The Harlem Renaissance


The Harlem Renaissance Begins


The period where African Americans discovered arts, and literature.

The American Negro

Approx. 1920

A writer named Benjamin Brawley wrote and published a work called The Negro in Art and Literature in the United States.



James Weldon Johnson becomes the head of the NAACP.

Langston Hughes


Langston Hughes's great poem "The Negro Speaks of Rivers" is published in crisis.

Harlem Shadows


The first major book of the Harlem Renaissance appears when Claude McKay's novel Harlem Shadows is published by Harcourt, Brace.

Marcus Garvey


Marcus Garvey is arrested for mail fraud and imprisoned for three months.

Civic Club Dinner launches the New Negro

Approx. 1924

An organized dinner where black writers were brought together with white publishers

The New Negro Movement

Approx. 1925

Alain Locke edited and put out Harlem : Mecca of the new negro. This helped continue the New negro Movement that started with the Civic dinner the year before.

Louis Armstrong Plays Jazz


Louis Armstrong began his jazz career.

An African American wins the Pulitzer Prize


Paul Green wrote a work called In Abraham's Bosom. It won a Pulitzer Prize.

Harlem Globetrotters


The Harem Globetrotters was established. It is still widely known today.

Cotton Club Opened


Harlem's most famous cabaret opens.

The Negro Experimental theatre was founded


This theatre was an inspiration to other groups int the country. It encouraged serious Black theatre and playwrights, and was founded upon the concept of being by us, near us, and for us.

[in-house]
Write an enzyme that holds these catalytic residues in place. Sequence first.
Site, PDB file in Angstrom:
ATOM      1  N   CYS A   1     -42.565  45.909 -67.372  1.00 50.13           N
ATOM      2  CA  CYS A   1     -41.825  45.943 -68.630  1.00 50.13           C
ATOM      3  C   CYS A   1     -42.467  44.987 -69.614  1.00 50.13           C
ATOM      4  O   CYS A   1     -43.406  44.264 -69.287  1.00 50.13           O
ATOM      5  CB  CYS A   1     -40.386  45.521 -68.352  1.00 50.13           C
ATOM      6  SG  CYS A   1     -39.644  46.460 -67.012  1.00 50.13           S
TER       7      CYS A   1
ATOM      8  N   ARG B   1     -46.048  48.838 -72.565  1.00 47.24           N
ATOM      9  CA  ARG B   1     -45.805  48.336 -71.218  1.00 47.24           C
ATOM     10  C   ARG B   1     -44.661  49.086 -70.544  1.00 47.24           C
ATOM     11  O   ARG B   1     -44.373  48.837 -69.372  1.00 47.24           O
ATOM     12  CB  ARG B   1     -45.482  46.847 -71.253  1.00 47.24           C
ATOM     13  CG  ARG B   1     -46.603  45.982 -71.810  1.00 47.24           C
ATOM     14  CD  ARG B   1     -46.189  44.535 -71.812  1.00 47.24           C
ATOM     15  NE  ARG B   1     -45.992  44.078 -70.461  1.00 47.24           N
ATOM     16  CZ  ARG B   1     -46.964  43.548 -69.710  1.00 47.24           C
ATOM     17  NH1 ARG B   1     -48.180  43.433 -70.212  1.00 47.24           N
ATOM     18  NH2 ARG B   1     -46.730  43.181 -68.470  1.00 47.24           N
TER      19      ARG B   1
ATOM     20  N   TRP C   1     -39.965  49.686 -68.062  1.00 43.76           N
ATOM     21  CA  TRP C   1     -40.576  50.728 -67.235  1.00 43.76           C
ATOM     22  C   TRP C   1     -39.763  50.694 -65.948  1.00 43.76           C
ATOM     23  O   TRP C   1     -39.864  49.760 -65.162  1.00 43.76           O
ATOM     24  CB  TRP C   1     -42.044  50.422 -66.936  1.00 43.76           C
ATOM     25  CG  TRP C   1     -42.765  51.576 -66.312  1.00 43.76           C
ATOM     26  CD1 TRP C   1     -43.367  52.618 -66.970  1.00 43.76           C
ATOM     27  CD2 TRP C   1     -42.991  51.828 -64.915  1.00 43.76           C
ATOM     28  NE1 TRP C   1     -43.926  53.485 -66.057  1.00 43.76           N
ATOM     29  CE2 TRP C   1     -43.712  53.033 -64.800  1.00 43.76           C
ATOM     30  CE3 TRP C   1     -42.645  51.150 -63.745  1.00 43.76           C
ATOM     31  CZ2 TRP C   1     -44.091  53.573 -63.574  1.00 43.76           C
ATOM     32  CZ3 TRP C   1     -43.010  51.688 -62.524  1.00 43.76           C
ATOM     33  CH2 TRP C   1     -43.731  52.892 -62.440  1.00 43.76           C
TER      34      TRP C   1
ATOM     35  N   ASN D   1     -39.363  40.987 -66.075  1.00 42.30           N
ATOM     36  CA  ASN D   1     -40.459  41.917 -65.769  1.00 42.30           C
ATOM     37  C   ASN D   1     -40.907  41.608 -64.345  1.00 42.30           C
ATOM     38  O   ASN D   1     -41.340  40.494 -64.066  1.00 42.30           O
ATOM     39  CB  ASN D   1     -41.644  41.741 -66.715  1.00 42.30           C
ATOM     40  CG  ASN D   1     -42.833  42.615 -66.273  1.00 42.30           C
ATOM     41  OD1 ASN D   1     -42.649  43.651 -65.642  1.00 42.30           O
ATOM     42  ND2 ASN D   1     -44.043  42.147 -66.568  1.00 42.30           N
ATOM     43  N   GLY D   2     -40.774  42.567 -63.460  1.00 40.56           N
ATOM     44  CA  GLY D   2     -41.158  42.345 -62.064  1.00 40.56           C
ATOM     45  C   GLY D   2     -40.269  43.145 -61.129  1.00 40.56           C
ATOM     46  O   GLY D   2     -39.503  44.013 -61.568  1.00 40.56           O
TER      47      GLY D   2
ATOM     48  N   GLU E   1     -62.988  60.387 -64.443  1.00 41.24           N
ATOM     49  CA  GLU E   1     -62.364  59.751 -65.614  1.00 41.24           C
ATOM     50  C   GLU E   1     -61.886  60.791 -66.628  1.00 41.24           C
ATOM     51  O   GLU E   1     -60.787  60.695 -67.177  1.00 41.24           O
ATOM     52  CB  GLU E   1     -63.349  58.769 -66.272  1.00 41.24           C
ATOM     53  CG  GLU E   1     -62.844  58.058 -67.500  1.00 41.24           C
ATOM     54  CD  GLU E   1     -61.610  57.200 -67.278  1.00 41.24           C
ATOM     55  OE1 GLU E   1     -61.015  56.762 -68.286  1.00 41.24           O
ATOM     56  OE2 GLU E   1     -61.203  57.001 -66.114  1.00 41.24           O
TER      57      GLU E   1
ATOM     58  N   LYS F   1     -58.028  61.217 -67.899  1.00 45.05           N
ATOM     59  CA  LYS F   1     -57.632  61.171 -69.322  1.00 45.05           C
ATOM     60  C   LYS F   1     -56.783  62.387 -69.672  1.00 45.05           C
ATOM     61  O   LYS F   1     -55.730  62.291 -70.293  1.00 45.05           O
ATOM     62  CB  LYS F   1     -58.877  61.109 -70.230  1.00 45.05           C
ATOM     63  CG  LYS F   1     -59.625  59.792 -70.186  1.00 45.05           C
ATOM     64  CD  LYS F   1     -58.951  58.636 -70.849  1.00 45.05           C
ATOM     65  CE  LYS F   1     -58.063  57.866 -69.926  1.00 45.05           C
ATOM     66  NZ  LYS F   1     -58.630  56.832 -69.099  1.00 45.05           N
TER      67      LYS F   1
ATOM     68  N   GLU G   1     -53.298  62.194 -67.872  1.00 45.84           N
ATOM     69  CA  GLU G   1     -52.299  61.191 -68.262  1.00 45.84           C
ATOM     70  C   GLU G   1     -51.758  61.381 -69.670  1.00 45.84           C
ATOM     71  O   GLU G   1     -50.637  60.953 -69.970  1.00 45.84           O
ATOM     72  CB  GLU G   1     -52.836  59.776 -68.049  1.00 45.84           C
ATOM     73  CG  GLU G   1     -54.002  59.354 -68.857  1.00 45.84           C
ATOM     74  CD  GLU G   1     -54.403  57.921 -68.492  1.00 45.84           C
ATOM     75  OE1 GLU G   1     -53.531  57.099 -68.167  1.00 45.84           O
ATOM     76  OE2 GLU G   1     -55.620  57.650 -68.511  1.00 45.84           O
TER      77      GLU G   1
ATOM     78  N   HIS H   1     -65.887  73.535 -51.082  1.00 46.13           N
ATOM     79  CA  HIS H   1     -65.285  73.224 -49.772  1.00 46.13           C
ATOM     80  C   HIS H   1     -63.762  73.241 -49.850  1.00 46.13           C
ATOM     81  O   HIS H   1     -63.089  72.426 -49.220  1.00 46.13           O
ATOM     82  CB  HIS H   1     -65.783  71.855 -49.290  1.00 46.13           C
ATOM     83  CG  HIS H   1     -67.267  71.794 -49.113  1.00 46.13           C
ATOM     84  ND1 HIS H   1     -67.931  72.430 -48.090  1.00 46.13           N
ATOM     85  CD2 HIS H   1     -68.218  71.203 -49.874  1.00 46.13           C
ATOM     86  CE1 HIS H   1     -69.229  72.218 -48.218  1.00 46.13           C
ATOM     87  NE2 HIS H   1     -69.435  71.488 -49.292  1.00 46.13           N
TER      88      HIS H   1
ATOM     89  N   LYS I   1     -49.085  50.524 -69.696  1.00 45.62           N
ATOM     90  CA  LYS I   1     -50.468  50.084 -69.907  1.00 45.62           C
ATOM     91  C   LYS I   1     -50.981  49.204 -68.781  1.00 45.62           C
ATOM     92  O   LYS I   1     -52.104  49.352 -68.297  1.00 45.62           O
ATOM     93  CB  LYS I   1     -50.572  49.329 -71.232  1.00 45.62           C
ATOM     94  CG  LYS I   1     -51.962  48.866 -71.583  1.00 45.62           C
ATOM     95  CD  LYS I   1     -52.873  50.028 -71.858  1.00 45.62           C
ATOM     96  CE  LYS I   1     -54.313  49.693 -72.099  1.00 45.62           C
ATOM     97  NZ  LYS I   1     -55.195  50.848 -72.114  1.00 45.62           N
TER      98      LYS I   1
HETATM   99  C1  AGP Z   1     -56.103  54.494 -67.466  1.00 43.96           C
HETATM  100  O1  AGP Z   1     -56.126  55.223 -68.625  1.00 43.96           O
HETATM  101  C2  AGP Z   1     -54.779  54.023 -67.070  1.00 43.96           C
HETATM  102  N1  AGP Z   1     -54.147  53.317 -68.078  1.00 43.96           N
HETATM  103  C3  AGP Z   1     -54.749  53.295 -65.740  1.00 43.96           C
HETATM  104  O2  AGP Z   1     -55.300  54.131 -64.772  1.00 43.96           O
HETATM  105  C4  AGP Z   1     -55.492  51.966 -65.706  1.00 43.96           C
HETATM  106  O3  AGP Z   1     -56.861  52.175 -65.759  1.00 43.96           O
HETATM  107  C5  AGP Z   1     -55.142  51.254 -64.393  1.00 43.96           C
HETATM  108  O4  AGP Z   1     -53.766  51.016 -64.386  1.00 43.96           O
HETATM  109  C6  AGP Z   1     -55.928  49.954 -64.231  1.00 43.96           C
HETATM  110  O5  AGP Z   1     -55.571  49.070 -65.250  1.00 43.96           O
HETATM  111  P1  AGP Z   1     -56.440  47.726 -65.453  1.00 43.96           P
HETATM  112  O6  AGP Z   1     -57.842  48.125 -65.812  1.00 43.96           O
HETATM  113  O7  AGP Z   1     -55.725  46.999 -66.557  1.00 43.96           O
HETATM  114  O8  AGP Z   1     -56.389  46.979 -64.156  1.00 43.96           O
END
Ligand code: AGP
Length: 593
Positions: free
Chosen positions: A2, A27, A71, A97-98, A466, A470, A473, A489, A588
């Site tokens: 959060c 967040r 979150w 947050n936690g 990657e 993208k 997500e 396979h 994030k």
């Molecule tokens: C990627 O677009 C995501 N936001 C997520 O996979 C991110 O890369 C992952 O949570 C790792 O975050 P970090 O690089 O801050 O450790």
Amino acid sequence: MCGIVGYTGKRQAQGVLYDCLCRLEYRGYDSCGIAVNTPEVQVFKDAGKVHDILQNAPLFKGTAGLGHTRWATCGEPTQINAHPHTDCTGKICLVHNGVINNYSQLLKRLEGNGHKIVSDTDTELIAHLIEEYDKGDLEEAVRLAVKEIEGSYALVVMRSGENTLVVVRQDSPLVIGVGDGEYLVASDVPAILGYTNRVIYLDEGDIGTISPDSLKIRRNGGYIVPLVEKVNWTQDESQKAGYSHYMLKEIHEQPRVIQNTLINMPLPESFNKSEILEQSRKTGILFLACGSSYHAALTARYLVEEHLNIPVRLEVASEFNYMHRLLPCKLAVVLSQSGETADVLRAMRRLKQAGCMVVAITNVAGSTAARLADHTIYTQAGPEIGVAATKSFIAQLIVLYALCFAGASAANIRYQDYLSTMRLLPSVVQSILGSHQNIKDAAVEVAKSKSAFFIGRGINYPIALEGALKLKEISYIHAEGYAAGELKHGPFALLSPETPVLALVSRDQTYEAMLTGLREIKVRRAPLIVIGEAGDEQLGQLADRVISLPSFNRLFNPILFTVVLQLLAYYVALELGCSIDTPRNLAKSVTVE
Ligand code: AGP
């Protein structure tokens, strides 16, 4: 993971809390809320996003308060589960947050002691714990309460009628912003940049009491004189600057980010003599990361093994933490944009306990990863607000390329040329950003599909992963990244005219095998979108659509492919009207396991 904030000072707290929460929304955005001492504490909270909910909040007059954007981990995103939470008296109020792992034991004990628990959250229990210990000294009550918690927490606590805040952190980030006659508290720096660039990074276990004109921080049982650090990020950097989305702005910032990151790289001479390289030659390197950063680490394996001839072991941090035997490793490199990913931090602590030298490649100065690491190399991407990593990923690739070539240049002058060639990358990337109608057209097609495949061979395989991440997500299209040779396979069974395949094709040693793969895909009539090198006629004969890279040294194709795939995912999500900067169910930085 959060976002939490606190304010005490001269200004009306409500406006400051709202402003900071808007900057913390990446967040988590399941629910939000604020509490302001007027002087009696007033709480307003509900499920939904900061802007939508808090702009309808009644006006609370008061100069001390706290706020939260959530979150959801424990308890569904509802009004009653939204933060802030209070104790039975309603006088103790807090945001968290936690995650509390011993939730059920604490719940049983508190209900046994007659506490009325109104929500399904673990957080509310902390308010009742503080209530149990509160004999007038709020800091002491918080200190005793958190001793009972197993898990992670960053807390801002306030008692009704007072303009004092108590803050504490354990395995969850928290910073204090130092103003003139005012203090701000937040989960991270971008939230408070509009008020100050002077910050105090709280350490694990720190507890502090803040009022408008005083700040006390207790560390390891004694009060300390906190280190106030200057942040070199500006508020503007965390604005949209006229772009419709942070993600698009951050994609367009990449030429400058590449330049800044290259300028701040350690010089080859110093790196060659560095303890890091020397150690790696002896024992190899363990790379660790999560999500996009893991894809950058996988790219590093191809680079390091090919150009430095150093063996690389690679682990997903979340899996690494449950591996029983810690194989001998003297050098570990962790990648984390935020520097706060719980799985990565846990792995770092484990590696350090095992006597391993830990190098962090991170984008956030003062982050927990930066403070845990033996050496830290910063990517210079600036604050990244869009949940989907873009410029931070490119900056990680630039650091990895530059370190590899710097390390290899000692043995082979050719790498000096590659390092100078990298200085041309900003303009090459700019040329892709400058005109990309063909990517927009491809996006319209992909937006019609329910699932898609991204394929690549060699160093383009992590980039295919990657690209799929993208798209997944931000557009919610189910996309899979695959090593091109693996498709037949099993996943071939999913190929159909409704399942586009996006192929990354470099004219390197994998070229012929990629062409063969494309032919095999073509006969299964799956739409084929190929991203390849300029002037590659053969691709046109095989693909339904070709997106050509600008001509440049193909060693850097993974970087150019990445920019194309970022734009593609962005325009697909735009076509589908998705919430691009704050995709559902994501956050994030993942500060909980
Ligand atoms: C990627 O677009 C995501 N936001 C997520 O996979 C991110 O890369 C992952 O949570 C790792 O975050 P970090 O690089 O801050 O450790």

A successful Broadway play by a black artist


Harlem, written by Wallace Thurman, opened on broad way. It became the most successful play by a black author of its time.

The fight against segregation


Members of the NAACP and the American Fund for Public Service met to discuss ways to end segregation, or the separation of blacks and whites.

The Harlem Riots


Harlem's first race riot was ignited by the rumors of a teenage shoplifter being beaten. Three people died and hundreds more were injured. African-American homes and businesses were vandalized and burned.The Harlem Renaissance was in full swing until the Great Depression of the 1930s caused the economic pressure to weigh heavily on all facets of life. Many of the great talents from the Renaissance went on to be activists throughout the war and the Depression. The Harlem Renaissance did not fade quickly, but persevered quietly when arts and literature was needed most.

The last novel of the Harlem Renaissance

Approx. 1937

African American author Zora Hurtson published the novel Their Eyes Were Watching God. It was considered the last novel of the Harlem Renaissance.